The Yoga Mala that I assisted teaching with Cassi (who has taught several malas) took place at Tula Yoga on the Autumnal Equinox. Changes of season are perfect times for intention setting. Cassi brought sea glass as mala beads to keep track of the 108 repetitions. The number 108 is said to represent the universe: 12 Zodiac Houses x 9 Planets = 108.
I had the honor of counting the sun salutations as the participants completed them. One rock, shell, stone or tiny amulet for each salutation, counted out into neat piles and dropped one at a time back into their simple glass jar container. This repetitive act was its own form of meditation; and the sound of the object coming into contact with the glass or another object inside the jar added to the soundtrack.
This beautiful ritual inspired me to find 12 stones to assist me in keeping track of the salutations in my personal mala (completed over nine days, 12 salutations per day). There’s something very sensual about handling stones. I have a collection of them that I’ve gathered from locations which I have visited across the country – found alongside creek beds and hiking trails.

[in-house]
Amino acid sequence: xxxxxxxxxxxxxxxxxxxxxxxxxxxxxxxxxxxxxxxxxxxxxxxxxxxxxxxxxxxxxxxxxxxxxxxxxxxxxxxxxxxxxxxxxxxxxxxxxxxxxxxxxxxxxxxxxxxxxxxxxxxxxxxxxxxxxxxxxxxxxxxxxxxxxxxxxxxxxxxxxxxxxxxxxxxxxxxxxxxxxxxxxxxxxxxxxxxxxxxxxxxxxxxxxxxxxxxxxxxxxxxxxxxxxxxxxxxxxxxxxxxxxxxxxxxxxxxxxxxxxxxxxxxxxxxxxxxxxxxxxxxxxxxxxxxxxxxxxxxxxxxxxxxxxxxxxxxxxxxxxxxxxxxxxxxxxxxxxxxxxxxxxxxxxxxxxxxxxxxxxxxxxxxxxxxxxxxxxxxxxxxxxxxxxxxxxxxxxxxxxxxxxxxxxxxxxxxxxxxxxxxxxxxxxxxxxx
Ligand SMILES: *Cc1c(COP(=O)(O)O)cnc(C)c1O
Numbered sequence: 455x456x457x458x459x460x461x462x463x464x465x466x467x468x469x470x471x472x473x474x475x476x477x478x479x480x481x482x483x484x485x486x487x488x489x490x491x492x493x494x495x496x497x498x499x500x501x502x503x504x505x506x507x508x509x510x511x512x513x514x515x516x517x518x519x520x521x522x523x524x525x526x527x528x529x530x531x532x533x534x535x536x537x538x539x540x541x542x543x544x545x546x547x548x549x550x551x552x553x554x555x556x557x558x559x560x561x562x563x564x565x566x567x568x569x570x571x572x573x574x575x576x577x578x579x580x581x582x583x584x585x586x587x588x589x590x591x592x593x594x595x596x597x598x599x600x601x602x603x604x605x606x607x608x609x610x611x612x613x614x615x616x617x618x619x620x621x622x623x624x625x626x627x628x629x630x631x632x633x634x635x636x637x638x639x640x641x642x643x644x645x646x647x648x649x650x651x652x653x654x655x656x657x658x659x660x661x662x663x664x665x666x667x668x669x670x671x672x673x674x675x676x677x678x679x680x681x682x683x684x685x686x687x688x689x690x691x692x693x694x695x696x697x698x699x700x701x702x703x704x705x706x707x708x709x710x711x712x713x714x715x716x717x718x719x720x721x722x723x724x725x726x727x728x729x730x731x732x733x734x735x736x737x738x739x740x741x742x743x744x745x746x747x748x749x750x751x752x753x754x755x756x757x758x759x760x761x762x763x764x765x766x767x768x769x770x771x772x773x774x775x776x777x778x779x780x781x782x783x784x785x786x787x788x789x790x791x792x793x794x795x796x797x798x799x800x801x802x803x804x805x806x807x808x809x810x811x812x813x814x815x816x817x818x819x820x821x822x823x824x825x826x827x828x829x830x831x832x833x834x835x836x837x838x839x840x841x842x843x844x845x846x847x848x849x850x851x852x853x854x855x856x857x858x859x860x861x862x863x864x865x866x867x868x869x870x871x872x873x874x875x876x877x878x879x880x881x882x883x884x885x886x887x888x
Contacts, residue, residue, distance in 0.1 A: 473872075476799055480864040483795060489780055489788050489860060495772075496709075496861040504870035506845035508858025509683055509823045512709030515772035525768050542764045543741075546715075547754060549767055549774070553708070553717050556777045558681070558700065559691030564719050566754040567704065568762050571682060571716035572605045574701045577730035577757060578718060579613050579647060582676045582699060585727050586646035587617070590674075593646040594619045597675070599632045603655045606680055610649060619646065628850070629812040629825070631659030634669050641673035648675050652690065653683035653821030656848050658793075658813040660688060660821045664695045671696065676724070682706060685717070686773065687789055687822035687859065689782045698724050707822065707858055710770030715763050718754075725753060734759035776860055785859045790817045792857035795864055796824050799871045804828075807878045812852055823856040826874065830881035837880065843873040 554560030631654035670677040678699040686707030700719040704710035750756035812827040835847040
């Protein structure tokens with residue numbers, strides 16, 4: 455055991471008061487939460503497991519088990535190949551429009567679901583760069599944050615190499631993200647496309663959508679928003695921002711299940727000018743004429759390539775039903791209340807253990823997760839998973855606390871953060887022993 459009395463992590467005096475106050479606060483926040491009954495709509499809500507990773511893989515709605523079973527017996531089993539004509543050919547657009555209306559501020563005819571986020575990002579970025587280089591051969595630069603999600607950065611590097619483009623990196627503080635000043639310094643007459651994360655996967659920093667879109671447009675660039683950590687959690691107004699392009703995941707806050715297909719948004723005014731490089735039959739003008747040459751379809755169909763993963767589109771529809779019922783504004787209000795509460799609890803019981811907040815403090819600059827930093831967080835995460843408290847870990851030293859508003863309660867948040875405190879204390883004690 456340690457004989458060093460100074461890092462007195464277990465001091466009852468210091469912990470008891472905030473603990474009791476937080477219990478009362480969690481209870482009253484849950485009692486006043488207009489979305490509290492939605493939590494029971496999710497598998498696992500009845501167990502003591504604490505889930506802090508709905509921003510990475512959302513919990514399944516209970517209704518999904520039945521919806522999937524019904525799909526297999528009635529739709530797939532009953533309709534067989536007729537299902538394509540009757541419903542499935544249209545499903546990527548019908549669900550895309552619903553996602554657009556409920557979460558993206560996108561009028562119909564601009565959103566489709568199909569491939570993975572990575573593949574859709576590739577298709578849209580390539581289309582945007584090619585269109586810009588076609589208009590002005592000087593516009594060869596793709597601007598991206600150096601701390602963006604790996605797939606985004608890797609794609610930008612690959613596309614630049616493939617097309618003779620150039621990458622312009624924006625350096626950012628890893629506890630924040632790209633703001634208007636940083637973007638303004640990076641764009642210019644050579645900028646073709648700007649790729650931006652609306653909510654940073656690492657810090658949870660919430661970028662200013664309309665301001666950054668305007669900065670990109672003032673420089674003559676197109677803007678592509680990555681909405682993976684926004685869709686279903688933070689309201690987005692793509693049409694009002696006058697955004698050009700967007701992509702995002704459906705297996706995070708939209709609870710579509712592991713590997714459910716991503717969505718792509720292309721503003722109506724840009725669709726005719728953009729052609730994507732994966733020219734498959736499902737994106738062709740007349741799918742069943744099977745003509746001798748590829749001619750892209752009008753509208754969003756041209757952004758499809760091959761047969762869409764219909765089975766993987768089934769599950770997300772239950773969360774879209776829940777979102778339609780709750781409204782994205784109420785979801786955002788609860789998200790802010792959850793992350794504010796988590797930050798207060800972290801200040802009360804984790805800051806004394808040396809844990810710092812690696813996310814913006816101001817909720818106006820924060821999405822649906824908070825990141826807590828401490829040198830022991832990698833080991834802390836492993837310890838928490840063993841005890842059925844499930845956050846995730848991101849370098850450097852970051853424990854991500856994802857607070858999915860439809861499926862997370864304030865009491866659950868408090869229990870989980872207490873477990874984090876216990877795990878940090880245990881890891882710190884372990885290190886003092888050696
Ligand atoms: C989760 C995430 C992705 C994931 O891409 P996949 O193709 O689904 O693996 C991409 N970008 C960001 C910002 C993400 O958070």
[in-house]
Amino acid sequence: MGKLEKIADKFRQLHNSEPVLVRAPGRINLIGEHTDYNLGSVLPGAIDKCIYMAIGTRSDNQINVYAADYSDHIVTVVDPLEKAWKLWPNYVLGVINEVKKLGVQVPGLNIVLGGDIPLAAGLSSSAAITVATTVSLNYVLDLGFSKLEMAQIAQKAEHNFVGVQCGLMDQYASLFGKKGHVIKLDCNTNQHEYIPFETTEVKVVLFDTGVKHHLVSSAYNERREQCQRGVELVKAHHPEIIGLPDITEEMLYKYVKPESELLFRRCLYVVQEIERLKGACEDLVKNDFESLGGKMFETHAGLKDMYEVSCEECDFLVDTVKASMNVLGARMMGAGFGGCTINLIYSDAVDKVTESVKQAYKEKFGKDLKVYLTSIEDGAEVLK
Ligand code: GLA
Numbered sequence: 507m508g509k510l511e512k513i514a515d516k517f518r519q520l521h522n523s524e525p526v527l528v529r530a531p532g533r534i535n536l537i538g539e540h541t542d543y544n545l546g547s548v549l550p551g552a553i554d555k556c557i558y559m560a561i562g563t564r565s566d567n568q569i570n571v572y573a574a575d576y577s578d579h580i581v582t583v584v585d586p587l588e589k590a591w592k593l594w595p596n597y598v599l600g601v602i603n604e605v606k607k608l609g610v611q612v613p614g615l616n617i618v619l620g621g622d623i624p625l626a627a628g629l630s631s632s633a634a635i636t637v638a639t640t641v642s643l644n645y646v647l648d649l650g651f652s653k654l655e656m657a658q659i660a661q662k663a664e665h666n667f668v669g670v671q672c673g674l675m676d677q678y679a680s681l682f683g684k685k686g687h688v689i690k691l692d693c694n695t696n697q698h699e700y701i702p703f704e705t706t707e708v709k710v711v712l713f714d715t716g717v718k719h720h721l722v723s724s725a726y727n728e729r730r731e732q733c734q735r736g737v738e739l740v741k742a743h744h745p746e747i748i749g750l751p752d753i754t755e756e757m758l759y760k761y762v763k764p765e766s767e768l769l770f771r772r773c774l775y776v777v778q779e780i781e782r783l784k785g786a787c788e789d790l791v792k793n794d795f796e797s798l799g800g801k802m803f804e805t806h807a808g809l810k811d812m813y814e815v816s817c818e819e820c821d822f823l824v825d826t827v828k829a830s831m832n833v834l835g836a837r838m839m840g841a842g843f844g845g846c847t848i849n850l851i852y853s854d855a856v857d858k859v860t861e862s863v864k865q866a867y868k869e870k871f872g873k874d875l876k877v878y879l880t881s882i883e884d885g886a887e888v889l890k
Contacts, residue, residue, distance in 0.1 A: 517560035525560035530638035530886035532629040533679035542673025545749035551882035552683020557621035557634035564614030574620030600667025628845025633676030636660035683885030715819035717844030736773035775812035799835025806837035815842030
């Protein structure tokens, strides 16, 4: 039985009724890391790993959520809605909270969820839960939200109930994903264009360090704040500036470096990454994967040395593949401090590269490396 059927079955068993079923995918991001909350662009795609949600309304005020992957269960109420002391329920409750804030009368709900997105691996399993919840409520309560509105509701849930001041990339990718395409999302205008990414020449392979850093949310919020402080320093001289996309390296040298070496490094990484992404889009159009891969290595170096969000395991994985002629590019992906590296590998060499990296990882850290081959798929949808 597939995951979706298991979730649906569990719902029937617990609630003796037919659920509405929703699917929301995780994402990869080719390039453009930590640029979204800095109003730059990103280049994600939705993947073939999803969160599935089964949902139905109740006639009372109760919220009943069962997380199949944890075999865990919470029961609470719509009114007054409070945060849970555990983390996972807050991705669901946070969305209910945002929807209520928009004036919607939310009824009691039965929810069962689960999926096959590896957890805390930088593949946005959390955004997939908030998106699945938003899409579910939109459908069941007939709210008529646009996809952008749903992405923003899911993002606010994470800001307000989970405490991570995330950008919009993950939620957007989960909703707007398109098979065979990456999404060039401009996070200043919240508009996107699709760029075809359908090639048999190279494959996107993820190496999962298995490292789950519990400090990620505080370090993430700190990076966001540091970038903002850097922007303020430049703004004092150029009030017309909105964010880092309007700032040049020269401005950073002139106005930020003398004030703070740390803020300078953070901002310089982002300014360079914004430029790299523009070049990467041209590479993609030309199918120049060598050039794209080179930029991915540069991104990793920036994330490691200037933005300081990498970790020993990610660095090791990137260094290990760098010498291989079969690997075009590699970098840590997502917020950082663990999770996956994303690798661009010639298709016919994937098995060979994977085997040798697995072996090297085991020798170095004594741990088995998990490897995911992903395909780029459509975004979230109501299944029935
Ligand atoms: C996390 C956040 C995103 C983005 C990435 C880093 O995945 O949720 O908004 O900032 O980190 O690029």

There is something cathartic about the repetitive flow vinyasa. Even though the asanas of Surya Namaskar are basic poses which I have practiced for years, I found a new awareness in them with each return, and became more in tune with the actions needed to move through them with more ease and less effort.
I completed the mala. I no longer hate chaturanga. There is in the place of hate a newfound respect for the power of the pose. And a deep respect for the beautiful yogis who I had the honor of witnessing in their intention of 108.